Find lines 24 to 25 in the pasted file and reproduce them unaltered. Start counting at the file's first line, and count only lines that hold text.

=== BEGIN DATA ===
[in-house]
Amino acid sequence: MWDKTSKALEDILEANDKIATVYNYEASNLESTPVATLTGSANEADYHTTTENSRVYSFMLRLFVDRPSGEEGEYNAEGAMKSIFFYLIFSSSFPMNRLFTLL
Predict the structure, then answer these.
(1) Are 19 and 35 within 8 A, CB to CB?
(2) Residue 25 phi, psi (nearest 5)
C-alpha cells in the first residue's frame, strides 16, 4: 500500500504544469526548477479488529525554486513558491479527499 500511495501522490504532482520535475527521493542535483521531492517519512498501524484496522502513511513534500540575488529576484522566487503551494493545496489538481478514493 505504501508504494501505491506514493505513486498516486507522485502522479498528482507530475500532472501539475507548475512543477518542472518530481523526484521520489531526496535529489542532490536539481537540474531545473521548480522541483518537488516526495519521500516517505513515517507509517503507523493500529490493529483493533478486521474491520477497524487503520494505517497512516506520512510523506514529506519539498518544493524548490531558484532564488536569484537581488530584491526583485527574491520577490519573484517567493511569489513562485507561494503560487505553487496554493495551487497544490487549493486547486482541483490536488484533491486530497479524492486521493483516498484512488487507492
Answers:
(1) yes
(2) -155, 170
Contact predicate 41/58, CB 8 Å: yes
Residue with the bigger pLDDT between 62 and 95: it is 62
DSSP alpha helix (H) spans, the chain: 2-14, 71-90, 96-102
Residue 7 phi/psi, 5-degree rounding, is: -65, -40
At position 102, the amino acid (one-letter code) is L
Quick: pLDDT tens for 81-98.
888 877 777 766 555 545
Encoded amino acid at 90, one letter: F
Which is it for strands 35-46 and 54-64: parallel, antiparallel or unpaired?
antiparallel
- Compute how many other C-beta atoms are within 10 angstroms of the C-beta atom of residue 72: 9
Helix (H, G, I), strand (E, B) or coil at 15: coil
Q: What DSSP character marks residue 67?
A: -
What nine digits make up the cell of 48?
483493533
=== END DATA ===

What nine digits make up the cell of 48?
483493533